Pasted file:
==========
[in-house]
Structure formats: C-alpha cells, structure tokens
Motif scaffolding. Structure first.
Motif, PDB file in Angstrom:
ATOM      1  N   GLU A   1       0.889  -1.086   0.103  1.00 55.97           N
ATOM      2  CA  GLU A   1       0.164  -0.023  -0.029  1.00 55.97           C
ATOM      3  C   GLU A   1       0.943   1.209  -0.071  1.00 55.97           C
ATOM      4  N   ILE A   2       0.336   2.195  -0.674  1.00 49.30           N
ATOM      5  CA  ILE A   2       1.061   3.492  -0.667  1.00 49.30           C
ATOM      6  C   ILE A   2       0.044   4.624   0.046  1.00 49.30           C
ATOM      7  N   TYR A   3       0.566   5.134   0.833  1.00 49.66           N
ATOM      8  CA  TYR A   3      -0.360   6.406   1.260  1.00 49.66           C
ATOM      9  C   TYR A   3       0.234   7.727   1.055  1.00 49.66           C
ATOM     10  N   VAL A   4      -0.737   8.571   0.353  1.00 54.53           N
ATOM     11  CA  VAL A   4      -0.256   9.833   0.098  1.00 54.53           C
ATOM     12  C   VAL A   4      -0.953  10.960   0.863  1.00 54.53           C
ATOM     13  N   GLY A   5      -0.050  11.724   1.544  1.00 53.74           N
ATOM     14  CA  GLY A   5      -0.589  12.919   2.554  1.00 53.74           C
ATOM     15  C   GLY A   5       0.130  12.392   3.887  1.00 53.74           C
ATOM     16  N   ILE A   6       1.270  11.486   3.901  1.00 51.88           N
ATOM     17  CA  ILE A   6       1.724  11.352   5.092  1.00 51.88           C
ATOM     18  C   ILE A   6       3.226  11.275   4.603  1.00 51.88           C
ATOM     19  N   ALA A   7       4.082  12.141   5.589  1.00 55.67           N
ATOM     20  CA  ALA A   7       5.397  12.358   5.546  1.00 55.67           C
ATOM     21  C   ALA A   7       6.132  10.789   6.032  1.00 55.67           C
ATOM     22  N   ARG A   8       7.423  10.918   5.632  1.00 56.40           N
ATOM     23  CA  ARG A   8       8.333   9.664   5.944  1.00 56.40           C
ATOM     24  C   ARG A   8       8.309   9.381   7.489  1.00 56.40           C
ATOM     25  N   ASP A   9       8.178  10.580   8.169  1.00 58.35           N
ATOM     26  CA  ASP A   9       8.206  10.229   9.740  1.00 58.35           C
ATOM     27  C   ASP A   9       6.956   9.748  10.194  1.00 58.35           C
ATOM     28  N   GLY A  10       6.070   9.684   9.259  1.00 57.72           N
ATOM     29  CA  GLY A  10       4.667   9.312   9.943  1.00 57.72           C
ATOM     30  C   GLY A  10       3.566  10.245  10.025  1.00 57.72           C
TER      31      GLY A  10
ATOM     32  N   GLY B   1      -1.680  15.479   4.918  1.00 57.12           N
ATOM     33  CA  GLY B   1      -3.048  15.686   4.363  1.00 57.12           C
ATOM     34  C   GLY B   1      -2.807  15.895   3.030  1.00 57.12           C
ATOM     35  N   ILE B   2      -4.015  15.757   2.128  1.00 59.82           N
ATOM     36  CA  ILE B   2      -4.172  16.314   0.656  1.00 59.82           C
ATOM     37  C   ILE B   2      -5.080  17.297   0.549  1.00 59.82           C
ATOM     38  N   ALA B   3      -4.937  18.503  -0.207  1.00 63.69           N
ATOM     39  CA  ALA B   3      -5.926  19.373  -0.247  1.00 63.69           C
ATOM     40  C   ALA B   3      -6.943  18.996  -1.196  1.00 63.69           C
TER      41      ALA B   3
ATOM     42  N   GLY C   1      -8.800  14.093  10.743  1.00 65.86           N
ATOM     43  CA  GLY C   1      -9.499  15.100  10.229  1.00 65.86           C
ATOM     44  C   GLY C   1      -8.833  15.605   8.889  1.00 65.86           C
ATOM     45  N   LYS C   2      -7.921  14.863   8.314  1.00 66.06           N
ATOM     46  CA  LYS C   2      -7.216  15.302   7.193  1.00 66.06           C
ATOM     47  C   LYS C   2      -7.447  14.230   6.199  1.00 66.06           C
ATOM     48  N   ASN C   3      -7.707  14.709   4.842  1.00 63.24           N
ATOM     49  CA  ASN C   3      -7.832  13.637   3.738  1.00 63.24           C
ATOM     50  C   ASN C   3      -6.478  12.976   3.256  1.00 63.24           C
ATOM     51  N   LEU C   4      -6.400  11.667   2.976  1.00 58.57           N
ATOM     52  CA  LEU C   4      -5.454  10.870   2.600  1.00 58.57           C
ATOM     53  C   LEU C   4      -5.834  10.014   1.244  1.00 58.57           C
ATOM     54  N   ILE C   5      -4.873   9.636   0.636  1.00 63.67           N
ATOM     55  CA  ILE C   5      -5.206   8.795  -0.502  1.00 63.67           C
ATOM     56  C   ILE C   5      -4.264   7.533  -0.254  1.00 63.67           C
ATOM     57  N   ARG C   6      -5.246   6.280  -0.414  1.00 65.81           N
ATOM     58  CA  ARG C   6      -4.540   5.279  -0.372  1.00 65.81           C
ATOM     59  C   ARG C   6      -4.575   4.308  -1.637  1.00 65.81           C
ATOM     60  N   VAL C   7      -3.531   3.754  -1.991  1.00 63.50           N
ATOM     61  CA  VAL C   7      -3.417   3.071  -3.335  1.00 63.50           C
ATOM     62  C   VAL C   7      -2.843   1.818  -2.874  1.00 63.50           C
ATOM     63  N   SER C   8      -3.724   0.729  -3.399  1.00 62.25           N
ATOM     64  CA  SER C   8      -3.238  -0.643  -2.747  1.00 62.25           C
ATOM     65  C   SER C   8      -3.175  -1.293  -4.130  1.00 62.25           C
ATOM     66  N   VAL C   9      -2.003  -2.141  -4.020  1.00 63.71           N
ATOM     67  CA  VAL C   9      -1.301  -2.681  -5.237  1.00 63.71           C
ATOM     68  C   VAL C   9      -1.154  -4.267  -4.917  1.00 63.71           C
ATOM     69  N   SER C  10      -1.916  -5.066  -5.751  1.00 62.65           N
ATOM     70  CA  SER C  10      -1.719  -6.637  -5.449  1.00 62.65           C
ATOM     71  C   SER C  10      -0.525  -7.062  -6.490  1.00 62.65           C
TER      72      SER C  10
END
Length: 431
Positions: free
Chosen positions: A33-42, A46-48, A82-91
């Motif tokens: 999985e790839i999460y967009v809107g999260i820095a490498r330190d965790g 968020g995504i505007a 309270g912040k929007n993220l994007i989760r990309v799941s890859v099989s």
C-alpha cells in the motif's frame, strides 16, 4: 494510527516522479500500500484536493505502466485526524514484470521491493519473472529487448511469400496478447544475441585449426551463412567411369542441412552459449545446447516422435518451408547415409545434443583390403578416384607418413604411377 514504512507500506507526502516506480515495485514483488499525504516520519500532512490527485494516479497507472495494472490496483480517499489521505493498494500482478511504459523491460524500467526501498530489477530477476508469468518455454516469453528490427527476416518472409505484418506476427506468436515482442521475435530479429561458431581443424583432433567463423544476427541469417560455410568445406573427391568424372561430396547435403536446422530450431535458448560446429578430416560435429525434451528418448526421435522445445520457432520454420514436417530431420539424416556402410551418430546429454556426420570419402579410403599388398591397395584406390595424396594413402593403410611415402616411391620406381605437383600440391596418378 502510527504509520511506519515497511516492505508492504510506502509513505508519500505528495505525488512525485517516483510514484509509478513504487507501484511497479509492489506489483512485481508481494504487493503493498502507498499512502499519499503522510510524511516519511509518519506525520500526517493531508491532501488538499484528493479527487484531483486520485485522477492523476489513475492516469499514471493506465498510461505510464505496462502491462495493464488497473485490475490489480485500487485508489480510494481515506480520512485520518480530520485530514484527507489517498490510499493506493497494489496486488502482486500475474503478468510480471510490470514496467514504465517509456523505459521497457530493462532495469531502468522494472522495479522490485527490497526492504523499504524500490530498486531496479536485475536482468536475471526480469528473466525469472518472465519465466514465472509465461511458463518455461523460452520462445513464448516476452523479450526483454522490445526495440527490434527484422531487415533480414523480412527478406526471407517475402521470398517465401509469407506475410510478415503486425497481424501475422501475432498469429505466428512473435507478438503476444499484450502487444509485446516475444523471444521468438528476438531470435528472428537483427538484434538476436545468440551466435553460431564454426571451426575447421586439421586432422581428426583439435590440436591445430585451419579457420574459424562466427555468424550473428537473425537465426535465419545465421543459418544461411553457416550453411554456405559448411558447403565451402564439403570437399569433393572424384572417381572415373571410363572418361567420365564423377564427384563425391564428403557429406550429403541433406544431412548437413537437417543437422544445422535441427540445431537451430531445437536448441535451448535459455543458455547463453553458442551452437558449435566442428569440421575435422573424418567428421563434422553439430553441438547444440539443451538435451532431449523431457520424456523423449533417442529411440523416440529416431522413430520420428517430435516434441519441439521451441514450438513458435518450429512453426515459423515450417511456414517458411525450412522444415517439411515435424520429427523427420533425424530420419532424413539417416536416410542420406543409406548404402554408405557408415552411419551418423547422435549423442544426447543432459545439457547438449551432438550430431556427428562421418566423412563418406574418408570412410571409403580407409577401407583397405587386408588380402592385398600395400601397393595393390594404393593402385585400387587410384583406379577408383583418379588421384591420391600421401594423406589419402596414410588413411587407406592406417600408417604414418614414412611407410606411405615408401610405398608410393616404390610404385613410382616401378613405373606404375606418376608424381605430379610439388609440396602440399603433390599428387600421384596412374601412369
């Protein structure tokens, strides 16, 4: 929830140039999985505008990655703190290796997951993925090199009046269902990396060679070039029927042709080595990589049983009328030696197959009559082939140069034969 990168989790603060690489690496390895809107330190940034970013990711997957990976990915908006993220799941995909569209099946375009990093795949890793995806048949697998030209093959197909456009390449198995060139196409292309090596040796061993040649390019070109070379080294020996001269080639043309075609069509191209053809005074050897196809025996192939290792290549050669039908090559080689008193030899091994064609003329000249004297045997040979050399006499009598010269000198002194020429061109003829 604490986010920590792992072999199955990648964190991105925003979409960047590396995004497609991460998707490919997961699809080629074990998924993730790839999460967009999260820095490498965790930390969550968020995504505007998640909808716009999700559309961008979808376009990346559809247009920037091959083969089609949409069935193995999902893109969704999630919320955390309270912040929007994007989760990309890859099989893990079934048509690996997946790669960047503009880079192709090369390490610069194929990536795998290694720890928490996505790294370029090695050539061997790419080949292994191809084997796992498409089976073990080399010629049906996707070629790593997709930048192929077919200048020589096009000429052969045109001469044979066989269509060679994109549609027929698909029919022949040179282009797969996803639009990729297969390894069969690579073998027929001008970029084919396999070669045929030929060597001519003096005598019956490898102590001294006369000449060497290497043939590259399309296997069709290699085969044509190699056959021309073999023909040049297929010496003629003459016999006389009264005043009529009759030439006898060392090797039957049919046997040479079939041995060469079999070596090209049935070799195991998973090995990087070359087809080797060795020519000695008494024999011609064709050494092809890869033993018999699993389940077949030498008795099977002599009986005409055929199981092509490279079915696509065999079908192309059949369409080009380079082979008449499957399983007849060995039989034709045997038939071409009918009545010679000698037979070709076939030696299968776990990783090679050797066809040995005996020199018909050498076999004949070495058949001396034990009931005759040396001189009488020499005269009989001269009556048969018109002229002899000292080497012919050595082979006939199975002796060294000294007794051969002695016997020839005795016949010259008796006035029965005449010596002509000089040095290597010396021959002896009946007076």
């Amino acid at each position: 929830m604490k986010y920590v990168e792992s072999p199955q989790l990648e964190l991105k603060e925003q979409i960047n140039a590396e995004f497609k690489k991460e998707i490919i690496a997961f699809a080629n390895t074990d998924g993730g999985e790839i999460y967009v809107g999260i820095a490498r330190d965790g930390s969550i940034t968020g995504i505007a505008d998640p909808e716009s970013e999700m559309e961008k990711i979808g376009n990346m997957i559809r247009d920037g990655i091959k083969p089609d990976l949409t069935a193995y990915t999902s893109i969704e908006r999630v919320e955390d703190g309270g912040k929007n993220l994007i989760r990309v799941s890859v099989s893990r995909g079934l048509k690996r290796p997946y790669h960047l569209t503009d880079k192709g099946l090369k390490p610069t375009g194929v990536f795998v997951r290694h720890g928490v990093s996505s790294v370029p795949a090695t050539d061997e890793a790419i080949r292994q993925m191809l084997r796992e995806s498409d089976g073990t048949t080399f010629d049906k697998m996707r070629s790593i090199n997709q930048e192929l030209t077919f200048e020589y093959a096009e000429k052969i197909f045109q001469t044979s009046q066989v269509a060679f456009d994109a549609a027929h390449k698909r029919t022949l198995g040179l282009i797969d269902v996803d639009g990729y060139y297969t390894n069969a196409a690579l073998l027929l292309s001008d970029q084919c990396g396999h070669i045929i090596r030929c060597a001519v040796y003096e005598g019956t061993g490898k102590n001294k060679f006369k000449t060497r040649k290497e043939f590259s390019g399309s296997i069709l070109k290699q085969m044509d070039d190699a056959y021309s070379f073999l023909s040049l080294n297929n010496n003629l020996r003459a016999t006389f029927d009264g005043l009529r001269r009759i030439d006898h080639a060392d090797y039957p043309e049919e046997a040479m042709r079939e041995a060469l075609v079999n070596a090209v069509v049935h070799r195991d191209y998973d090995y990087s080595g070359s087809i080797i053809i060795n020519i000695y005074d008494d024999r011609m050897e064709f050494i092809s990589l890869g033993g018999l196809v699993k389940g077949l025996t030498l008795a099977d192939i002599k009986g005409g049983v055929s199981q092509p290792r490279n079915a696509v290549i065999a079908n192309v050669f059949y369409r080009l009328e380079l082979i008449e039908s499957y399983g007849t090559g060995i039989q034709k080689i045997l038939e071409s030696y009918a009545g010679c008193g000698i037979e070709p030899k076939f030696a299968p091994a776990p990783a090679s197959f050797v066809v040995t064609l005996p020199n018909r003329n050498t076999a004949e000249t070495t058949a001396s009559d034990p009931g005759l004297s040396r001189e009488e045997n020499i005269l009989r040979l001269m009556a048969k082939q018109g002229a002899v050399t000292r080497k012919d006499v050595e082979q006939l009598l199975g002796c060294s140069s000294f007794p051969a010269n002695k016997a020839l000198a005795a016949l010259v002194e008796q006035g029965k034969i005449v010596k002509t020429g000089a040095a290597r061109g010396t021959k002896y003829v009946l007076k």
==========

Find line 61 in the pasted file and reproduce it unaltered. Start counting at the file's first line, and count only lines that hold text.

ATOM     57  N   ARG C   6      -5.246   6.280  -0.414  1.00 65.81           N